Another bad practice which I suspect is fairly common, to varying extents, is biased analysis of results. While this is definitely fraud, it has been overlooked up until now because of the need for conclusive, statistically significant data for papers. Again, Jim Caryl is an example – he struggled to get his important negative result published. Over the last decade, big data experiments requiring raw datasets have become the norm, and authors are usually obligated by their funders or by publishers to provide all their raw data. Yet frequently, datasets are not added to a suitable open access repository (Piowar, 2011), and a 2009 study showed that the rules governing open data are poorly enforced (Savage and Vickers, 2009).

At the SpotOn London session on Fixing the Fraud, the panelists briefly discussed the causes of fraud, pointing at the usual, and probably completely responsible, culprits: the pressure on researchers to publish in the most respected journal they can manage, and the requirements of journals who publish only positive results that point to significant, clear conclusions. (more…)

A very planty November

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Published on: November 23, 2012

November is turning out to be a busy month for the plant science community, and here is a round-up of what you might have missed and what is still to come.

Coming up

NIAB has been granted over £600 000 to provide a community wheat transformation service. This is an excellent opportunity for Arabidopsis researchers to test the application of their research in a commercial crop – around 25 transformations will be granted to model crop researchers. For more information, go to the NIAB website and see this poster. Applications will open shortly.

This year’s meeting of the Genetics Society Arabidopsis special interest group is organized by GARNet and will take place on Monday in Liverpool, focusing on next generation sequencing applications in plant science research. It’s too late to register, but you can see the abstracts here, and the presentation slides will be online soon after the day. We will be live tweeting from the workshop on #ngsplant.

The European Research Area Network for molecular plant science (ERA-CAPS) launched its first joint call on 19 November. Up to £6M of BBSRC funding is available to support UK researchers in ERA-CAPS consortia. The deadline for application is 15 February 2013.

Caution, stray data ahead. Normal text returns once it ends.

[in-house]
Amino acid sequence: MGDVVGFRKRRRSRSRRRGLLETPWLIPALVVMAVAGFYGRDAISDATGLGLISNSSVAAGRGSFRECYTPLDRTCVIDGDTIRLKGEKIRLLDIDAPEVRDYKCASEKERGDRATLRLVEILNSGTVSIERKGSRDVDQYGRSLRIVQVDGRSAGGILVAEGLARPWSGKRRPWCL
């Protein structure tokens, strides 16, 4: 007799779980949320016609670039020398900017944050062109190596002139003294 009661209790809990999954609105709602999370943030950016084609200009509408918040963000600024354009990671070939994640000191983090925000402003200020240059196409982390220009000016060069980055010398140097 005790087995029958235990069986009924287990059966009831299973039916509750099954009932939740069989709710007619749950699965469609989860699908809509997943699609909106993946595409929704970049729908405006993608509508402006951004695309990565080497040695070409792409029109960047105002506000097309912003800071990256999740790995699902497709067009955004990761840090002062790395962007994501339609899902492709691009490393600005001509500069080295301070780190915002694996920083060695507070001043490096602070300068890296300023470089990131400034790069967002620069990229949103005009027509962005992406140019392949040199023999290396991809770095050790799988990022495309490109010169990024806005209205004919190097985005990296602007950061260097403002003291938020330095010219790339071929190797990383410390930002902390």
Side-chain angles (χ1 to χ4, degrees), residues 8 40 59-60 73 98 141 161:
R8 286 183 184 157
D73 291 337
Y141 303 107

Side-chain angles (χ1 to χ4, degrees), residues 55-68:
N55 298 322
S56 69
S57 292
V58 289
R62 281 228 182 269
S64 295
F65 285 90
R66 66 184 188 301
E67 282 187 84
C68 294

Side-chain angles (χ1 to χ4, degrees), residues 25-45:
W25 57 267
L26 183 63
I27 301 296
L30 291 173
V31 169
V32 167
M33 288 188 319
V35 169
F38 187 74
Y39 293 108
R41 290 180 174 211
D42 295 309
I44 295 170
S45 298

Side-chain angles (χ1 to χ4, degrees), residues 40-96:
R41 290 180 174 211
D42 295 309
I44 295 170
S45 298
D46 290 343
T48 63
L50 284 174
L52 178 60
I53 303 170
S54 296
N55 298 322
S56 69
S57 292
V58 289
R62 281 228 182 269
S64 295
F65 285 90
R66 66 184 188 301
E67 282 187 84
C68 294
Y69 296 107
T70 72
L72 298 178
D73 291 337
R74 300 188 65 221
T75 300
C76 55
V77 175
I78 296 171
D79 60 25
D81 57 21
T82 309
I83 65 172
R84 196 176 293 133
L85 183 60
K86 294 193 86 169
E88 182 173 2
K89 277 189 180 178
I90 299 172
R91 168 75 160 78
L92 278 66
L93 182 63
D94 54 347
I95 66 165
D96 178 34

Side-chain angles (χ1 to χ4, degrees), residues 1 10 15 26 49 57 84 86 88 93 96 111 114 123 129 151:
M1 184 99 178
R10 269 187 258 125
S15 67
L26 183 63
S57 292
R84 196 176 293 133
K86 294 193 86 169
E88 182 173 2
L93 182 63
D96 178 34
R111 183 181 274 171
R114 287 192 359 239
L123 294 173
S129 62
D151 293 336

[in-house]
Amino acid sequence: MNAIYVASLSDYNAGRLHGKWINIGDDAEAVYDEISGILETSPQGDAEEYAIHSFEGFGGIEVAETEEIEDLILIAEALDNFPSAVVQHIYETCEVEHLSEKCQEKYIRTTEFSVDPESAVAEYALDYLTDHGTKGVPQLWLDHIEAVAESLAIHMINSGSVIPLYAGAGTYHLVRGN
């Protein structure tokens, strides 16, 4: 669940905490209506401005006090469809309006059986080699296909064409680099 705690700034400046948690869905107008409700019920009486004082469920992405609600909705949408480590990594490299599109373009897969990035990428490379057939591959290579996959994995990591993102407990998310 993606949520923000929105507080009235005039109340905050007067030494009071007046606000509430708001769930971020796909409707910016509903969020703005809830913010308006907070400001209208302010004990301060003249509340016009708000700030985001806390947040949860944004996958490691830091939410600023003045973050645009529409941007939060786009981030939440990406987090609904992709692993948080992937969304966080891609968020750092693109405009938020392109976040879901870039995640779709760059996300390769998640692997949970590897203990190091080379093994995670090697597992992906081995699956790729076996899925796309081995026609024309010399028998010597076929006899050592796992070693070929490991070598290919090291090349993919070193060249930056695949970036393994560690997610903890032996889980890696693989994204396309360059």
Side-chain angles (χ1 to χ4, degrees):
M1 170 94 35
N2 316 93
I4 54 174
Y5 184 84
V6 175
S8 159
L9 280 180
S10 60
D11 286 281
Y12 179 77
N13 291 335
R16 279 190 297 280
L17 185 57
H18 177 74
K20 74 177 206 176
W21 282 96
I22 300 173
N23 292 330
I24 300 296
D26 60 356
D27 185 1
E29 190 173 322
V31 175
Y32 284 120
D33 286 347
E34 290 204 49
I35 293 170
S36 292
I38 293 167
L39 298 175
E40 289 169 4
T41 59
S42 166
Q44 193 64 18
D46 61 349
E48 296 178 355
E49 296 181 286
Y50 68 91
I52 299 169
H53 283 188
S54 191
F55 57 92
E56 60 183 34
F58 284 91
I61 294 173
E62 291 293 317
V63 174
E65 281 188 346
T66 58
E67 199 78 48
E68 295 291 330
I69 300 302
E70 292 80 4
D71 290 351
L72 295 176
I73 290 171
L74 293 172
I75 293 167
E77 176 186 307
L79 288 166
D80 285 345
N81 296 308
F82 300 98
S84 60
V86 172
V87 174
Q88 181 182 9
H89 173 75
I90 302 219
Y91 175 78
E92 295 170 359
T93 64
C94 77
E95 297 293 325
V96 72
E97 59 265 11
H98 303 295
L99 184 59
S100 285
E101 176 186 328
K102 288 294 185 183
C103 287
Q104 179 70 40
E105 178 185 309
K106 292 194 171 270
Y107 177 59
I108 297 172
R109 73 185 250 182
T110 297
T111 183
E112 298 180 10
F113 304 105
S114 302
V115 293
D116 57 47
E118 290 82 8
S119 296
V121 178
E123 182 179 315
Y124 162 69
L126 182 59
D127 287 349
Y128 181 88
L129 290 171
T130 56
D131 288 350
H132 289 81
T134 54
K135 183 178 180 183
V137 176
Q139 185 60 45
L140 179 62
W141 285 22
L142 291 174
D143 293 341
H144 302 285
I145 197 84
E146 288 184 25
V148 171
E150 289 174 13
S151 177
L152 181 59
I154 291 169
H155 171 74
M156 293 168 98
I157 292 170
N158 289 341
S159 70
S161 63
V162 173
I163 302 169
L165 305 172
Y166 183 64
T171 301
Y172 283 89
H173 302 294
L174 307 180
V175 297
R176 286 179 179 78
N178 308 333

London-dwelling people with an interest in policy will be interested in a new series of events run by the Society of Biology, Policy Lates. On Thursday there will be a debate at Charles Darwin House on Do we need more scientists in Parliament. It is a free event and is now full, but there is a waiting list. I expect there will be live tweeting under #policylates – so keep your Twitter tuned if you want to be there virtually, if not in person.

Recent goings on

The UK Plant Science Federation had its second annual general meeting on 5th November. I wrote a blog post on it for the UKPSF blog, and news from the meeting was also highlighted on this blog by Alan Jones.

I went to the Society of Biology Autumn Members Meeting, where I found out more about the Degree Accreditation Programme. If you feel that original research in UK undergraduate biology courses is poor, get involved by accrediting courses at your own institution, or signing up as an assessor.

The Higher Education team at the Society of Biology launched an Open Educational Resources website last Friday. All the resources on it are peer reviewed by experts, so they are top quality. You can download resources to use yourself, or submit your own resources so they can be used by other lecturers.

NIAB has been granted over £600 000 to provide a community wheat transformation service. This is an excellent opportunity for Arabidopsis researchers to test the application of their research in a commercial crop – around 25 transformations will be granted to model crop researchers. For more information, go to the NIAB website and see this poster. Applications will open shortly.

Overyielding in species mixtures

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Published on: November 22, 2012

Highlighted article: Gerlinde B. De Deyn, Helen Quirk, Simon Oakley, Nick Ostle, Richard D. Bardgett (2012) Increased Plant Carbon Translocation Linked to Overyielding in Grassland Species Mixtures. PLoS ONE 7(9): e45926. doi:10.1371/journal.pone.0045926

Plant biomass yield is often greater in areas where species richness is high than it is in monocultures. This has implications for agriculture, and also the use of non-farmed land as a carbon sink, as more biomass means more carbon assimilation. However, the relationship between growth and species richness on a plot of land is not constant or clear, so a group in Lancaster investigated it. I think their research threw up more questions than it answered, but the authors found intriguing links between lifetime biomass yield and speed of carbon transport from the leaves to other parts of the plants and found that non-legumes and legumes alike benefit from growing alongside one another.